Going to College Archive

What Is a Parent’s Role During a Campus Visit?

Learn strategies to help your child make a positive impression.

As parents help their child through the recruiting process, they should always be sure to offer guidance with respect to campus visits. Campus visits (unofficial or official) are valuable opportunities for prospective student-athletes to make a positive impression with the head coach, assistant coach, golf team members, and athletic staff. Taking steps to prepare your son or daughter to approach these personal meetings in the most effective way can heighten the interest of a coach and potentially improve your child’s position on a coach’s recruiting list.

From my experience as a Division I head coach, I can confidently say that my best visits involved prospects who were informed, inquisitive, and assertive. These prospects took “center stage” during our time together, and their parents took a supportive role. Achieving this presentation style during a campus visit isn’t always easy, but the following suggestions can help you and your child “get it right” during your next campus visit.

  • Research your audience – Before meeting with a college coach, encourage your child to research the school and golf program online. Coaches want to feel that your child has taken time to learn about their background, the golf program, and the school’s academic offerings.
  • Dress for success – Having a professional appearance is crucial when making a first impression. Tell your child to wear nice golf apparel (or even business casual attire) and to be properly groomed.
  • Prepare insightful questions – Talk to your child about questions he should ask the coach. (Read Going To College article, “What Questions Should I Ask a College Coach During a Campus Visit?”) Appropriate topics to inquire about include team training methods, the qualifying system, academic support, and the coach’s current recruiting status (for your child’s graduating class). Coaches expect that your child will ask questions.
  • Prepare for questions that the coach may ask – Coaches will want to know about your child’s academic/athletic goals, strengths and weaknesses, and practice strategies, to name a few areas of focus. (Read Going To College article, “What Questions Should I Be Prepared To Answer During a Campus Visit?”) Help your child develop “mission-oriented” answers as this will show the coach that a detailed plan for improvement has been thought out.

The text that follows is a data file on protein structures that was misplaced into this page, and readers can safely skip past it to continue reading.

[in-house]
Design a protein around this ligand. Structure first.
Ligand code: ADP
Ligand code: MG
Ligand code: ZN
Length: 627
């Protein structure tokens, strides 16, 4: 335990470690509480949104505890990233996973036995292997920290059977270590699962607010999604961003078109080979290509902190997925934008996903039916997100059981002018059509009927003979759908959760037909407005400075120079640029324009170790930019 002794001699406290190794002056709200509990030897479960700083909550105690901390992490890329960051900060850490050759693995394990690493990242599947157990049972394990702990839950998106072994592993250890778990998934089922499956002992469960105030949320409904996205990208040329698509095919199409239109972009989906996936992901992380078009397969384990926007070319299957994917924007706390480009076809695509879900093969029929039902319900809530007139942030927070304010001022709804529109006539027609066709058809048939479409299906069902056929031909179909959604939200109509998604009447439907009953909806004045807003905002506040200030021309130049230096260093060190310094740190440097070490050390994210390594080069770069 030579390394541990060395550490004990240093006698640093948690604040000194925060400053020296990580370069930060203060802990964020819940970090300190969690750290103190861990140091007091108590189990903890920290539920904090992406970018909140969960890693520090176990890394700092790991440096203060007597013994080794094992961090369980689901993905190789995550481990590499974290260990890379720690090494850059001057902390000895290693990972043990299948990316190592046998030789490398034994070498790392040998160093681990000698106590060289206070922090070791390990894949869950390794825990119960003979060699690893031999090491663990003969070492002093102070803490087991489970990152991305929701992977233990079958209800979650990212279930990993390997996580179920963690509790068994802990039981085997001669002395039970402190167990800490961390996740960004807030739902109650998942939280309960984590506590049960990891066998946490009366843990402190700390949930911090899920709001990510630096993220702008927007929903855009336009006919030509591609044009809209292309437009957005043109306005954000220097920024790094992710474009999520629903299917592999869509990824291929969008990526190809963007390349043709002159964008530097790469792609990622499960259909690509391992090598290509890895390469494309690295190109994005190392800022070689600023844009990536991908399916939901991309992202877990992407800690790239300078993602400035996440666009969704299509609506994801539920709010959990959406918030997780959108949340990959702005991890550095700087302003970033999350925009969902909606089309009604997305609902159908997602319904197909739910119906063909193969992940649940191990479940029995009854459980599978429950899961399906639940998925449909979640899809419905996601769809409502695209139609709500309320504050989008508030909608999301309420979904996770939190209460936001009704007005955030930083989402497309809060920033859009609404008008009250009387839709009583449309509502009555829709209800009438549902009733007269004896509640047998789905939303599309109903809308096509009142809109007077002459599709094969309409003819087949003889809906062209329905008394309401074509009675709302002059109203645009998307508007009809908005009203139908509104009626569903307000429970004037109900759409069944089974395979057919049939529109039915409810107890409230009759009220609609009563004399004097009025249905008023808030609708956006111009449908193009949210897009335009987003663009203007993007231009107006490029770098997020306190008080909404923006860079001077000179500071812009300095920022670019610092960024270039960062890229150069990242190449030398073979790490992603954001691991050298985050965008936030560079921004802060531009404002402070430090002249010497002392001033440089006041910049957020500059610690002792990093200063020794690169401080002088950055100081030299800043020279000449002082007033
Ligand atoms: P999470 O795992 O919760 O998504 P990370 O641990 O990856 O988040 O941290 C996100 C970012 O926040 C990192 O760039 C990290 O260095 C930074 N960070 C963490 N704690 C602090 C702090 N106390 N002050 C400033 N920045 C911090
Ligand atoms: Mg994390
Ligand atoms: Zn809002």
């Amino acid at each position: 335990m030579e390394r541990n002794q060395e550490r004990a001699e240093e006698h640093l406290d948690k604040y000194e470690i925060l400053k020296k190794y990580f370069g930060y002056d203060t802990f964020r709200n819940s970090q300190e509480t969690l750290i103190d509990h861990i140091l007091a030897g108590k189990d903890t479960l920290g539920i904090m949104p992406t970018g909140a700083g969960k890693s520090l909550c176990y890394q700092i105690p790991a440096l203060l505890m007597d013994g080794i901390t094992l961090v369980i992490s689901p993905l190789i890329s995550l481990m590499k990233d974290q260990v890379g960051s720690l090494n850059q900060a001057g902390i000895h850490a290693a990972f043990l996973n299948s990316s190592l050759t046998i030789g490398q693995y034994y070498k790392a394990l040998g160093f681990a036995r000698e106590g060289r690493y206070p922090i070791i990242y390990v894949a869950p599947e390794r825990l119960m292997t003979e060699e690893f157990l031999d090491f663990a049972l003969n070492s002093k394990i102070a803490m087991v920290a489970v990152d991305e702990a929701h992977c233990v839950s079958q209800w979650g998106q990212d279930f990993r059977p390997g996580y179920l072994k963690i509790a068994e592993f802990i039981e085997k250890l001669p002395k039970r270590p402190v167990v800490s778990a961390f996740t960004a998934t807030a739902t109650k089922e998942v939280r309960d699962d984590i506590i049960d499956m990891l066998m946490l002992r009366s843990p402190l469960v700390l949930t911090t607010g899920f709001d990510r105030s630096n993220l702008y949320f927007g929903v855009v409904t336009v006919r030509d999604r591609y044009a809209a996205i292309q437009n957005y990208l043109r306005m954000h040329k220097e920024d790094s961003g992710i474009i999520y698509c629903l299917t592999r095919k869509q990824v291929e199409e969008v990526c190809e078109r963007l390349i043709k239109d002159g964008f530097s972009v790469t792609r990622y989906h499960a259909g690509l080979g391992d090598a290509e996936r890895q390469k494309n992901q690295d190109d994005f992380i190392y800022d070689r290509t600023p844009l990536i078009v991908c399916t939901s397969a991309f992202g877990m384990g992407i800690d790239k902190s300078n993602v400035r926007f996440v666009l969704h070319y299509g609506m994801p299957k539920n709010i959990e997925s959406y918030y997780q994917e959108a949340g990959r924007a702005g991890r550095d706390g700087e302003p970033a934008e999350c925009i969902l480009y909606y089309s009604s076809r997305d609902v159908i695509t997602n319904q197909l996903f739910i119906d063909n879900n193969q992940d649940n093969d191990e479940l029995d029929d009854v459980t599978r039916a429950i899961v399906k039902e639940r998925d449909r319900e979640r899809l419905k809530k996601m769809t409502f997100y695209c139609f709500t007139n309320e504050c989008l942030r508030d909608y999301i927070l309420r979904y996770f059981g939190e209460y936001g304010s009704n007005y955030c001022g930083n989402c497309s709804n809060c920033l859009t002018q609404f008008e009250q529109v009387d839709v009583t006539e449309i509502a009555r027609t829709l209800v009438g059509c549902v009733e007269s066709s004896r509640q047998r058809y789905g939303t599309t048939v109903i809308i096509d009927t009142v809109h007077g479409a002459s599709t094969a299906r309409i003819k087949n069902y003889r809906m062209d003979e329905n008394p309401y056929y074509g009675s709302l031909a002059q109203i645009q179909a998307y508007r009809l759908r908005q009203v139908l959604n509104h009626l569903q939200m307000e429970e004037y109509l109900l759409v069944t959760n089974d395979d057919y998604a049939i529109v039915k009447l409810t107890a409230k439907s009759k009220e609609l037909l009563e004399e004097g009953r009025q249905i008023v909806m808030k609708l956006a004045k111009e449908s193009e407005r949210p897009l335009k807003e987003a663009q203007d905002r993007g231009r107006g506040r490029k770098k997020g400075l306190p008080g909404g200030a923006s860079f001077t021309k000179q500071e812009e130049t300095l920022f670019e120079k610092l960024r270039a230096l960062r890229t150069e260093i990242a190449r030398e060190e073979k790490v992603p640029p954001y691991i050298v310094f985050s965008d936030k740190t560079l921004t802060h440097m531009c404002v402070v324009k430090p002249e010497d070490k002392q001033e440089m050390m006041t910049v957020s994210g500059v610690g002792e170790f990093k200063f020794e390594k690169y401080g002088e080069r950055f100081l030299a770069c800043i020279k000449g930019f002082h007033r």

• Allow your child to take center stage – Be sure your child understands the importance of showing initiative and enthusiasm during the visit. Confidently leading the introductions and conversation with the coach are key ways for your child to accomplish this goal.
  • Adopt a supportive role – Throughout the campus visit, parents should never dominate the conversation, but should simply make comments or ask questions for clarification.
  • Try to give “one-on-one” time – If a meeting with a coach will last for more than an hour, parents should excuse themselves for a portion of the meeting to give their child some one-on-one time with the coach.
  • Tell your child they don’t have to be perfect – Coaches are not expecting perfection during campus meetings. Every prospect has strengths and weaknesses, and coaches are most interested in hearing about your child’s mission for improvement.
  • Assist with final questions – Parents can certainly ask a coach any remaining questions that their child may not have mentioned. Also, be sure to have your son or daughter ask if the coach requires any additional information.
  • Say thank you – Remind your child to show their appreciation for the coach’s time and interest. Suggesting that your child send the coach a hand-written thank you note can be a nice touch as well.

In a very competitive recruiting marketplace, properly handled campus visits can definitely help strengthen your child’s position as a prospective student-athlete. Campus visits are an essential self-promotion strategy in the recruiting process, and utilizing these recommendations will enable you to more confidently prepare your junior golfer to pursue college opportunities in the best way.

nicky goetze

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